One of the women interviewed by Melzer later sharply criticised him and demanded his resignation. She said that by defining how a "proper rape-victim" would have to act, Melzer was engaging in victim blaming and that his report was partially "untrue and defamatory".[11] Melzer published a statement in which he tries to resolve misunderstandings and hopes that they will not divert attention away from the problems in the case of Assange.[12] Later the woman said, that Assange's action has not been a crime for her and that she has "long forgiven" Assange.[13]

Honours and awards[edit]

  • Melzer's legal study called Targeted Killing in International Law was a joint-winner of the 2009 Paul Guggenheim Prize in International Law, awarded by the Geneva Graduate Institute.[14]

Published works[edit]

Selected publications

  • Targeted Killing in International Law[15] (Oxford University Press, 2008).
  • Interpretive Guidance on the Notion of Direct Participation in Hostilities under International Humanitarian Law (Geneva: ICRC, 2009).
  • Cyberwarfare and International Law (Geneva: UNIDIR, 2011)
  • With Hans-Peter Gasser: Humanitäres Völkerrecht – Eine Einführung, 2nd ed. (Zürich: Schulthess, 2012).
  • With Michael N. Schmitt (ed.) et al., Tallinn Manual on the International Law Applicable to Cyber Warfare (Cambridge: University Press, 2013).
  • International Humanitarian Law - a Comprehensive Introduction (Geneva: ICRC, 2016).
  • Der Fall Julian Assange - Geschichte einer Verfolgung. 336pp. (München: Piper Verlag, 2021).


  1. ^ "Dr Nils Melzer". Speakers' Biographies. ACO - Allied Command Operations, NATO / OTAN. 2010. Retrieved 2010-10-22.
  2. ^ "Introduction, Dr. Nils Melzer, Legal Adviser for the International Committee of the Red Cross, 'Targeted Killing in International Law'". The Graduate Institute. 16 October 2008. Retrieved 2010-10-22.
  3. ^ "Nils Melzer", United Nations Human Rights: Office of the High Commissioner. Retrieved 23 April 2020.
  4. ^ "Interpretive Guidance on the Notion of Direct Participation in Hostilities under International Humanitarian Law", International Committee of the Red Cross. 21 December 2010. Retrieved 23 April 2020.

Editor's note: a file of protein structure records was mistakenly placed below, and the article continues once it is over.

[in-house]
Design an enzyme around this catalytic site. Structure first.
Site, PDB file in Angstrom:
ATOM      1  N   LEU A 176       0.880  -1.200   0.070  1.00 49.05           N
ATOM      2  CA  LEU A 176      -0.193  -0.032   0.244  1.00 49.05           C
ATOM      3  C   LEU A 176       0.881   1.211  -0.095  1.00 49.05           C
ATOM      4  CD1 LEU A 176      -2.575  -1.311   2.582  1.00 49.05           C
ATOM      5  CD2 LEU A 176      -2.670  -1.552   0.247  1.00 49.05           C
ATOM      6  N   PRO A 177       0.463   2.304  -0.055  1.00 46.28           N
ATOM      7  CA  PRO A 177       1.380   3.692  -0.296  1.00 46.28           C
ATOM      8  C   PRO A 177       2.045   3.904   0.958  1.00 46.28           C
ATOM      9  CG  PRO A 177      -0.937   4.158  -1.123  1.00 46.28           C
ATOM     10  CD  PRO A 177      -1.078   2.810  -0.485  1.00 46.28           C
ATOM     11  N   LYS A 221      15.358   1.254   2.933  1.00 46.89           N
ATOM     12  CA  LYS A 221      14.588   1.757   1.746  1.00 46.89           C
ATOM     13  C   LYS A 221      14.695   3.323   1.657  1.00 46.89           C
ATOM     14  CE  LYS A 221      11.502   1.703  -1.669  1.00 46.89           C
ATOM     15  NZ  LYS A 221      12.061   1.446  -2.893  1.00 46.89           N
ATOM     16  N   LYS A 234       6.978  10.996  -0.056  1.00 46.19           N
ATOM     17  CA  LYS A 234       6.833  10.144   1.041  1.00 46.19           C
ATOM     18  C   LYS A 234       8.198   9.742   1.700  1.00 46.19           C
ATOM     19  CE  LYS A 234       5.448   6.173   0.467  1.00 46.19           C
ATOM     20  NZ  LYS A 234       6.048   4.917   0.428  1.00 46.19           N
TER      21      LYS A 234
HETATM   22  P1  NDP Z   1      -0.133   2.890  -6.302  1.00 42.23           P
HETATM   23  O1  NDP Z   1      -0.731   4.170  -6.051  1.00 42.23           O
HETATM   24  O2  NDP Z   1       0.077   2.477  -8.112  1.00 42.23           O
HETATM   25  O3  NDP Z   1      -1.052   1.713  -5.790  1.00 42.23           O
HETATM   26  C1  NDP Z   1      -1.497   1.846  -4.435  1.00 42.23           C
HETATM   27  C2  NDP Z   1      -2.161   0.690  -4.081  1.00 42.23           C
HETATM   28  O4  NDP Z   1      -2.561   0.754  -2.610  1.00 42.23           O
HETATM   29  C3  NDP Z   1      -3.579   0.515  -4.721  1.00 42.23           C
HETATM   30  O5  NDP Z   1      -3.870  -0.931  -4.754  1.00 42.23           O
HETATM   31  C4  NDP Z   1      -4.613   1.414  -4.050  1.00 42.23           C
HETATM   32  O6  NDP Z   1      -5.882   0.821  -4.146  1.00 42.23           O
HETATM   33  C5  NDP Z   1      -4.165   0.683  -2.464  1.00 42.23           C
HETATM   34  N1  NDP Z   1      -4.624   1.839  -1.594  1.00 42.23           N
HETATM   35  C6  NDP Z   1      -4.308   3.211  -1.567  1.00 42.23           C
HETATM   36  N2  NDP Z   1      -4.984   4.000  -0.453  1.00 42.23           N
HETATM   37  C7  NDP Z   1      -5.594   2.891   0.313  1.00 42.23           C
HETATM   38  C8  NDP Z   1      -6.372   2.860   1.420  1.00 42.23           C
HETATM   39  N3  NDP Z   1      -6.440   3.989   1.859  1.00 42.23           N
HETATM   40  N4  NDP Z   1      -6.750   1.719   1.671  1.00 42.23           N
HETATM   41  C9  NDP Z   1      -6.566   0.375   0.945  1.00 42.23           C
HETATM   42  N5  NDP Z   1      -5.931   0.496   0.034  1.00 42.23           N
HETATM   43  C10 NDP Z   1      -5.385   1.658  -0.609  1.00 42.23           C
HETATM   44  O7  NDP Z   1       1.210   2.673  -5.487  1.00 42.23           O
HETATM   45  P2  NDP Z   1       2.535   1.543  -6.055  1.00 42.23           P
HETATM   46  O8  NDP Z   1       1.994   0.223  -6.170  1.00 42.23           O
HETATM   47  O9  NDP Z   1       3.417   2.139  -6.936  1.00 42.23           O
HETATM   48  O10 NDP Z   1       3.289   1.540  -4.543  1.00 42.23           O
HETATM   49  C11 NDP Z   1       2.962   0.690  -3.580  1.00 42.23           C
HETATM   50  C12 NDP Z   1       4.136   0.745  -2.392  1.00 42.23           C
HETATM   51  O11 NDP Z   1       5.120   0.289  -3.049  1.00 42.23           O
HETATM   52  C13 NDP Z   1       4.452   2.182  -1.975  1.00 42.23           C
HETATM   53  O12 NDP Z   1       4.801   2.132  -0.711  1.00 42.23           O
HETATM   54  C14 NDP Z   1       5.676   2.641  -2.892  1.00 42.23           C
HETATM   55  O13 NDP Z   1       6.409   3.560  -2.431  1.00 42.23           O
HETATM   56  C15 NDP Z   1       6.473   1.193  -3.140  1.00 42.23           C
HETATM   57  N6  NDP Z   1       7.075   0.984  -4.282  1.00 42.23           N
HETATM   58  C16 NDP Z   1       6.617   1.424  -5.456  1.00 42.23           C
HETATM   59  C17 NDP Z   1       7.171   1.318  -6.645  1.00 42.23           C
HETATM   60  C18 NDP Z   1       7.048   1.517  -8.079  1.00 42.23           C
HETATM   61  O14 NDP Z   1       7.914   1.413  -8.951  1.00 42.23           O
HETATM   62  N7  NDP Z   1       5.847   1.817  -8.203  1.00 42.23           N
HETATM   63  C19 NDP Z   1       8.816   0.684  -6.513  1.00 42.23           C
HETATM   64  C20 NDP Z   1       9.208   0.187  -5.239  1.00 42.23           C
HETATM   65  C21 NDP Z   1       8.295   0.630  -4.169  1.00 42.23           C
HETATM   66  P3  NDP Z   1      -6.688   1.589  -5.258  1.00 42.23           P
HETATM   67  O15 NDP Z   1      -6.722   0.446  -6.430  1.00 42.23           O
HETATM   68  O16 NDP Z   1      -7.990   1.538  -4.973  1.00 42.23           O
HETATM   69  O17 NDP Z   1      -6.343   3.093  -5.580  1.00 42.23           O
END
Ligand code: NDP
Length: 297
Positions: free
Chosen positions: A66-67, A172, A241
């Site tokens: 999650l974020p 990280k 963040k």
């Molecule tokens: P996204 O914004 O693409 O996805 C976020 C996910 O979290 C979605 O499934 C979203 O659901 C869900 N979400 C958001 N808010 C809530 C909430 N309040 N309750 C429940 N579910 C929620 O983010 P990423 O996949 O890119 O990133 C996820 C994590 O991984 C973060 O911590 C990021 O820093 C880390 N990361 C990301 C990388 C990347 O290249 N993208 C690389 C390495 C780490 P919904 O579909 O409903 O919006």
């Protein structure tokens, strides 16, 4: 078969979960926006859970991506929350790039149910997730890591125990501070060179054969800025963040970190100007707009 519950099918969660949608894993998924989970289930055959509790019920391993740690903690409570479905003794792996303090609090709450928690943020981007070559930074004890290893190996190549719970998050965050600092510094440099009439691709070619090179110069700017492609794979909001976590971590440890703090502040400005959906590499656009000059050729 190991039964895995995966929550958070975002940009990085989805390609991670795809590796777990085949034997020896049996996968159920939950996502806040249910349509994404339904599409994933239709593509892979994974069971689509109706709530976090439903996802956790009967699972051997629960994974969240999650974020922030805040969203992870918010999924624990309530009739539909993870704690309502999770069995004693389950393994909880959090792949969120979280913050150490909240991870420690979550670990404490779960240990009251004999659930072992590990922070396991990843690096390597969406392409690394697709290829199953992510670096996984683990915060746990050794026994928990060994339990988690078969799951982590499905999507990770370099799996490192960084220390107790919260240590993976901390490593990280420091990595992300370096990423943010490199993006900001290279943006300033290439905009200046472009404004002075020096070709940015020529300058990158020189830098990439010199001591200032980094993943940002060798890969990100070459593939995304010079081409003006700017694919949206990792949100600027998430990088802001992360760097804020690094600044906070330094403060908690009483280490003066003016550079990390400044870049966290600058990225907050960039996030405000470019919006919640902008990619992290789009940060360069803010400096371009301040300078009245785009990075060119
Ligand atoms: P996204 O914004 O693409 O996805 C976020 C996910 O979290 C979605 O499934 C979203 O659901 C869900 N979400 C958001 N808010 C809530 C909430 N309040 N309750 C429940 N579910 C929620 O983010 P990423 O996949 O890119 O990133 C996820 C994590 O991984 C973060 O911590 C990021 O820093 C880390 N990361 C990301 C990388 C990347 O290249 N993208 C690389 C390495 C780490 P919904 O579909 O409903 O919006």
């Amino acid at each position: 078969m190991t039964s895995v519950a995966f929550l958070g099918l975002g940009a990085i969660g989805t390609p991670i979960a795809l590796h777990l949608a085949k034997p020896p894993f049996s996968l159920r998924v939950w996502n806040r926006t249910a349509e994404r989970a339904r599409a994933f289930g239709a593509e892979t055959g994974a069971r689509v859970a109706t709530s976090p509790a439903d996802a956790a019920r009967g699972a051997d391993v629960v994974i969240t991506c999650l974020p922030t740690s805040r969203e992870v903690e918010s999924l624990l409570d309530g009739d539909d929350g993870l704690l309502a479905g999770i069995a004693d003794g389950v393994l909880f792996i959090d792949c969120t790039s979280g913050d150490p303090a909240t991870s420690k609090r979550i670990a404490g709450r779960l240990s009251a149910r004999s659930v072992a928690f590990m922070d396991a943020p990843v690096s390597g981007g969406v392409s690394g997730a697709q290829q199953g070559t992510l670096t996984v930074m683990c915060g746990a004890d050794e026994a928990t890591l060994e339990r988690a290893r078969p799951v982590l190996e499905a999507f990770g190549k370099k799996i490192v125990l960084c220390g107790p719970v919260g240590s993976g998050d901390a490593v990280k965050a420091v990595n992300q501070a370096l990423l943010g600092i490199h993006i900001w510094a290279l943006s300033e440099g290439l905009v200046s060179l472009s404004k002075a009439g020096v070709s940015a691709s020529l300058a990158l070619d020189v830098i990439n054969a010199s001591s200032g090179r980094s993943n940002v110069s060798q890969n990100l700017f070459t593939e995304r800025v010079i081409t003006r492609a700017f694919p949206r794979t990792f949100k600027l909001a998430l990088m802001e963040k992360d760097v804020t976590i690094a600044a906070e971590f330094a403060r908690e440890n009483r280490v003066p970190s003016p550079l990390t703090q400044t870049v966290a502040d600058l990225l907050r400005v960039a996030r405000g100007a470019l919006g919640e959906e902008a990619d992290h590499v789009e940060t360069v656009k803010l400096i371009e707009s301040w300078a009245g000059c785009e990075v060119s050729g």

5. ^ "International Humanitarian Law: A Comprehensive Introduction", International Committee of the Red Cross. 19 December 2019. Retrieved 23 April 2020.
  6. ^ "UN expert says "collective persecution" of Julian Assange must end now". OHCHR. 31 May 2019. Retrieved 1 June 2019.
  7. ^ "Julian Assange's treatment in prison putting his life at risk, UN rights expert warns". ABC News. AFP. 2 November 2019. Retrieved 13 November 2019.
  8. ^ "Swedish prosecutor drops Julian Assange rape investigation".
  9. ^ "U.N. Rapporteur: Julian Assange Has Faced Psychological Torture; He Should Not Be Extradited to U.S." Democracy Now!. November 22, 2019. Retrieved 22 November 2019.
  10. ^ Ryser, Daniel; Bachmann, Yves; Hawley, Charles (31 January 2020). "A murderous system is being created before our very eyes". Republik. Retrieved 2 April 2020.
  11. ^ "Mutmaßliches Opfer von WikiLeaks-Gründer Julian Assange kritisiert Uno-Folterexperten Nils Melzer".
  12. ^ Nils Melzer (2019-07-08). "Dismantling the Swedish 'Rape'-Narrative against Julian Assange".
  13. ^ Reinhard Wolff (2021-01-24), "Verfahren gegen Julian Assange: Anna Ardin bricht ihr Schweigen", Die Tageszeitung: taz (in German), ISSN 0931-9085, retrieved 2021-08-22
  14. ^ Oxford University Press, USA (2010), "Winner of the 2009 Paul Guggenheim Prize (Geneva Graduate Institute)", OUP USA Home,, archived from the original on 29 June 2011, retrieved 10 April 2016
  15. ^ Melzer, Nils (29 May 2008). Targeted Killing in International Law. Oxford University Press (published 2008). ISBN 9780199533169. Retrieved 14 July 2018.

External links[edit]